Our home brings with it an undeniable feeling of familiarity and comfort. We can be out all night having the time of our lives when, all of a sudden, have a yearning to “just go home.” But is our home actually a covert catalyst of anxiety?
Let us begin by exploring the Biophilia Hypothesis for a moment. It was proposed by naturalist, biologist, and author Edward O. Wilson in 1984 in the book Biophilia. The Biophilia hypothesis, or “BET,” is the notion that human beings possess an inherent, intimate connection with nature. Modern society’s current ways of living – heavy industry (and pollution), obsession with money, addiction to technology – has effectively separated us from our former abode, causing a conflict in the subconscious.
Wilson’s theory makes sense when viewed from an evolutionary perspective. Not long ago, man lived out amongst the elements, save for rudimentary shelters like caves and tree branches. When not resting, you would find the men, women, and children outdoors, hunting and gathering for food, water, and other necessities of daily life.
What does the Biophilia Hypothesis have to do with home-induced anxiety?
Well, if Mr. Wilson is indeed correct, our home is separating us from our original habitat – and no species is okay with exile! Another idea is that nature signifies life and vitality. Indeed, plants and trees – two of the most commonly-found things in nature – permit life; a fact that may help explain why we find flowers and plants adorning most homes and workspaces. The hypothesis may help explain why many people feature nature at the centerpiece (if you will) of their homes – a concept known as biophilic design.
In other words, as Mammalia, we human beings – despite our advanced intelligence and, for some, vehement insistence to the contrary – inherently desire to return to our original home out in the elements. As a side note, Wilson’s hypothesis gathers steam when you consider that humans are the only species who do not actively reside in the natural world.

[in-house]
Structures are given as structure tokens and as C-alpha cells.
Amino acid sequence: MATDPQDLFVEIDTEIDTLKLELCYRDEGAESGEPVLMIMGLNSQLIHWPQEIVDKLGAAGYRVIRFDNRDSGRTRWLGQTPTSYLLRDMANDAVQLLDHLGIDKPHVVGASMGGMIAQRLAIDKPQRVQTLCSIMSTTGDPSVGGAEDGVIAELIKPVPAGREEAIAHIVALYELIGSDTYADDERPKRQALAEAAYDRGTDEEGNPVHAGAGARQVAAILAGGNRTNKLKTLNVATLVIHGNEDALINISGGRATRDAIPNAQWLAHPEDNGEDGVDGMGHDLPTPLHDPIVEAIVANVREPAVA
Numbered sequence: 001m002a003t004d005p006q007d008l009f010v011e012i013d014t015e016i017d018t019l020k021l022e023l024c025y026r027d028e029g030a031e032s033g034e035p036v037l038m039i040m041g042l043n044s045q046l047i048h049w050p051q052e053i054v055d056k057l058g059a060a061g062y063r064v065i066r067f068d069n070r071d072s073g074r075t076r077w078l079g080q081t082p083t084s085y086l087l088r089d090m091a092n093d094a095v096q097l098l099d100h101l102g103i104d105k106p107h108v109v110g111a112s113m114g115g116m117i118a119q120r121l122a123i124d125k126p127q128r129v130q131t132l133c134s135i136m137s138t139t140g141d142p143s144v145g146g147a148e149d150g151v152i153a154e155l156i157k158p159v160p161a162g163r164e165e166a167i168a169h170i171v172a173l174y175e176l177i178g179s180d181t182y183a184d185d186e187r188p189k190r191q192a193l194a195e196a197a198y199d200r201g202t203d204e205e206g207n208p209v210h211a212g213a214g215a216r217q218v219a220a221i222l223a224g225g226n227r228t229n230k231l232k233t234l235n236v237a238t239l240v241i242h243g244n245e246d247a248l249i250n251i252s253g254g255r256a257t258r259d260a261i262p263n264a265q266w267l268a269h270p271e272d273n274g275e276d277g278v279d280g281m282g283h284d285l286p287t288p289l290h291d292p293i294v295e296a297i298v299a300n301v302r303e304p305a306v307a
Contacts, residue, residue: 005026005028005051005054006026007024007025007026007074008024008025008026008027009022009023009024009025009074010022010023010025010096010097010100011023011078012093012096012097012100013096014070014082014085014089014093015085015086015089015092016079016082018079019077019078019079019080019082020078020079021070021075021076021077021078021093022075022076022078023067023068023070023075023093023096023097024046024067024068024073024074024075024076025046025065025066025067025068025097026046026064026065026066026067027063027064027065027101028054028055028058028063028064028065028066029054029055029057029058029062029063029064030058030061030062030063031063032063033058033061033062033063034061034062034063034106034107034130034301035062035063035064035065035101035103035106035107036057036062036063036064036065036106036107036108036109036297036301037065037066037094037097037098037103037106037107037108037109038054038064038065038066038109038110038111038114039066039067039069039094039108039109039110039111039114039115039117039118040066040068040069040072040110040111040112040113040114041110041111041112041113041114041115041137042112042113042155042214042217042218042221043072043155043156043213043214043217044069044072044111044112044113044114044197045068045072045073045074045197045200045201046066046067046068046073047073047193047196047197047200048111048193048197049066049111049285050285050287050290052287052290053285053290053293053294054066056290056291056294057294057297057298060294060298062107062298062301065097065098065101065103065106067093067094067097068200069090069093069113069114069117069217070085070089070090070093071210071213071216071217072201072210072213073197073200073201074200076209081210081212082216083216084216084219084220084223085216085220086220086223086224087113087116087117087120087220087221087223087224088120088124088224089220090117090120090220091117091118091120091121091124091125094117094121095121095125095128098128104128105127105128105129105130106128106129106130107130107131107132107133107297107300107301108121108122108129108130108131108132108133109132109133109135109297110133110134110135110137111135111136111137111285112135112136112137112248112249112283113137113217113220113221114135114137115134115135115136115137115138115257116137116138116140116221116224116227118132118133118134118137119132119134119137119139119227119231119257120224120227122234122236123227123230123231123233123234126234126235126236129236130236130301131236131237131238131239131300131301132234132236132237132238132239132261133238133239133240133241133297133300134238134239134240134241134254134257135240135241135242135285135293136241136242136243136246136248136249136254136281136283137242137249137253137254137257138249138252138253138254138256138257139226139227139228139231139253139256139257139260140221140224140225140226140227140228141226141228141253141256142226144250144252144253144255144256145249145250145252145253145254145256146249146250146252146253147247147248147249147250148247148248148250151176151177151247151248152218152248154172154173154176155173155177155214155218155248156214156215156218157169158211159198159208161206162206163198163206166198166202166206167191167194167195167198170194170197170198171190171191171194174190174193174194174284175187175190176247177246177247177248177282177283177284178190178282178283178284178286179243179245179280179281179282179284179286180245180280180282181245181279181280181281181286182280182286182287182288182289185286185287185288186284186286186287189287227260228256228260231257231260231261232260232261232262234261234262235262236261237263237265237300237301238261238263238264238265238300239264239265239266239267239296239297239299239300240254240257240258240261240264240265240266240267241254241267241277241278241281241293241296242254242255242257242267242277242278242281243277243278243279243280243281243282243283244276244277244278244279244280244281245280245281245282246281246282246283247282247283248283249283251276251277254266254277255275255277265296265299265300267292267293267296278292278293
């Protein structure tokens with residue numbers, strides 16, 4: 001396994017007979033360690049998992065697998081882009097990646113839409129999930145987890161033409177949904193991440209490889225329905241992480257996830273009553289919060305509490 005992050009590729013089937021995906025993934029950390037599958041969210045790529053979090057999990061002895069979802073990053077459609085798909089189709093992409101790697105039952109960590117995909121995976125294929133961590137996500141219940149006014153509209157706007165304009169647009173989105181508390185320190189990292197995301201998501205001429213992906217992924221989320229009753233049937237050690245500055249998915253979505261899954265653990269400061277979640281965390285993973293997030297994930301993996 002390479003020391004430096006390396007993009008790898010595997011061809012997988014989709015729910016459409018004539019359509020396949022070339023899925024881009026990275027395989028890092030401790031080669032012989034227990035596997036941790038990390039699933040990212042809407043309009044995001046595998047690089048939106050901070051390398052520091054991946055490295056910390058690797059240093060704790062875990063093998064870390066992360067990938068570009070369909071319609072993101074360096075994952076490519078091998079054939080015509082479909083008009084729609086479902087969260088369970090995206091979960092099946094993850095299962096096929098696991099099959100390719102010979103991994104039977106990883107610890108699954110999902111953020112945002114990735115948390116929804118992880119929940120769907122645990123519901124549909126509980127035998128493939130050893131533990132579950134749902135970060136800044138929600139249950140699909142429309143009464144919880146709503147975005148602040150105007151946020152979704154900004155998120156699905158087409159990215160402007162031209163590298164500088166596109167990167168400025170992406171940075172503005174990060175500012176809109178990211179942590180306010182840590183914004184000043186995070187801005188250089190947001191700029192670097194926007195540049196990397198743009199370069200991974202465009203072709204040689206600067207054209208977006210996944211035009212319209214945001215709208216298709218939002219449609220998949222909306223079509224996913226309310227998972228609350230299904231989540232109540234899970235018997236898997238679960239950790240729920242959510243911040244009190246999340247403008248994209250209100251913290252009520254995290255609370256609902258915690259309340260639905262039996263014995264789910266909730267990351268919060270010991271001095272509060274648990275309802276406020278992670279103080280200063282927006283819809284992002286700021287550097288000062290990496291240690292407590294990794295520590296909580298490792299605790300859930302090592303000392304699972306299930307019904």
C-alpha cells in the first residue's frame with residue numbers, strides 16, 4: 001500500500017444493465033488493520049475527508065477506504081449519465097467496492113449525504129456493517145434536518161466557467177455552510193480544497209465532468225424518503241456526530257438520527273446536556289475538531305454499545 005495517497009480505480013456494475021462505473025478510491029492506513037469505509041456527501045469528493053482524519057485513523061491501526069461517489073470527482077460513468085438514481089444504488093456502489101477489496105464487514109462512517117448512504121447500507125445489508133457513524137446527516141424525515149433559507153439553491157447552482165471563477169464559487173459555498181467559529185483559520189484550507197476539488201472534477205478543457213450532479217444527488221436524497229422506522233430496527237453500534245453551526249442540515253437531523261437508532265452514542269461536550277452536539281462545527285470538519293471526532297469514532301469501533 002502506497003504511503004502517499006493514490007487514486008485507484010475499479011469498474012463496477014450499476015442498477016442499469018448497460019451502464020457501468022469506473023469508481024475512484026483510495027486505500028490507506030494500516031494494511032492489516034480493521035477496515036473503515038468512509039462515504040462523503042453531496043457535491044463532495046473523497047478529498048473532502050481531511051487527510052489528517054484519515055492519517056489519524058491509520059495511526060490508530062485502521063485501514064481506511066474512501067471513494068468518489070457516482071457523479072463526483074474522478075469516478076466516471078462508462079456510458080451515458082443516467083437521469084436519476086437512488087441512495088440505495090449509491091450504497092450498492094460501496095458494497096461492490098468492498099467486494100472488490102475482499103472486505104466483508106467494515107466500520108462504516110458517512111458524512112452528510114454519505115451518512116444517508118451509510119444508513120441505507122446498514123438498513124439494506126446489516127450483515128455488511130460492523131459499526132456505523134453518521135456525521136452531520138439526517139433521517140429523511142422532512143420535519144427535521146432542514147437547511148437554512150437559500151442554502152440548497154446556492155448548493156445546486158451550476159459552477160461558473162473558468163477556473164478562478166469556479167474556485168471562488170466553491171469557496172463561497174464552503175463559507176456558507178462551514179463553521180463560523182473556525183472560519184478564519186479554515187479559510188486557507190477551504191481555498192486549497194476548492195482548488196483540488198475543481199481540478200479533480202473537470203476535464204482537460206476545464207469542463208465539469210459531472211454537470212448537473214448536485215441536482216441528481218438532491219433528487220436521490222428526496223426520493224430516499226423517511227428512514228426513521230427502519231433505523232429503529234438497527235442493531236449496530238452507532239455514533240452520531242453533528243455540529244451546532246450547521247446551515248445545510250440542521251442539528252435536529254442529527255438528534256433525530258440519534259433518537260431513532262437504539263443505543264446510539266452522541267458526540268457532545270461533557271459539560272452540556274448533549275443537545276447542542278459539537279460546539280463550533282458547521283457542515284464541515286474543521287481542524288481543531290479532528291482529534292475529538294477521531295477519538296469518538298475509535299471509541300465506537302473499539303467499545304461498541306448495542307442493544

At the very least, the Biophilia Hypothesis makes us think about our relationship with nature. Whether it explains away the deep-rooted anxiety that some (all?) experience in the home is up to the psychoanalytical among us.
Ways Your Home Can Make You Anxious
The Biophilia Hypothesis aside, we do know that one’s environment can influence their state of mind. Given that the home is indeed an environment, it is reasonable to assume that it can spur anxious feelings, but why? Here are 9 possible ways that your home can give you anxiety:
Your place is cluttered and disorganized
Okay, so check these numbers out. Per a survey of more than a thousand Americans over 18 years old, 47 percent constantly worry about the orderliness of their home. Also, scientists know that too much clutter raises cortisol levels. Per Psychology Today, the stress hormone cortisol “is public enemy number one,” with high levels of the hormones causing disturbances in learning and memory, immune system, metabolism, and more.
What to do: Start small by organizing your bedroom closet or kitchen drawers. Eventually, begin thinking bigger and take on more time-consuming projects. The enemy of anxiety is action. Take it.
You’re shouldering too much of the load
Women are disproportionately affected by home anxiety, affecting upwards of 87 percent of the female population. Eighty percent of people surveyed state that they take on more household-related responsibilities than their partner. These numbers make sense considering that women tend to take on more of the home responsibilities than their male counterparts. Having to work (60 percent of women are active in the labor force) and manage home responsibilities is highly stressful, increasing the risk of anxiety.
What to do: Have an honest conversation with your partner while maintaining openness to their views. Be polite and non-defensive, as calm communication increases the likelihood of coming to an agreement regarding household responsibilities.
You’re sick of the housemates
It is important to have housemates that are on the same page – or at least close. Per a study conducted by Harvard University’s Chan School of Public Health, 32 percent of individuals with long-term anxiety cite tension between the housemates as their number one cause of stress. A tense relationship with cohabitants may exacerbate any underlying anxiety, which may remain long after you leave the house.
What to do: Keep your relationships “organized” by setting limits and creating an atmosphere of positivity. Create a culture whereby things that need addressing are addressed in an open, welcoming atmosphere.
You don’t like to, well, move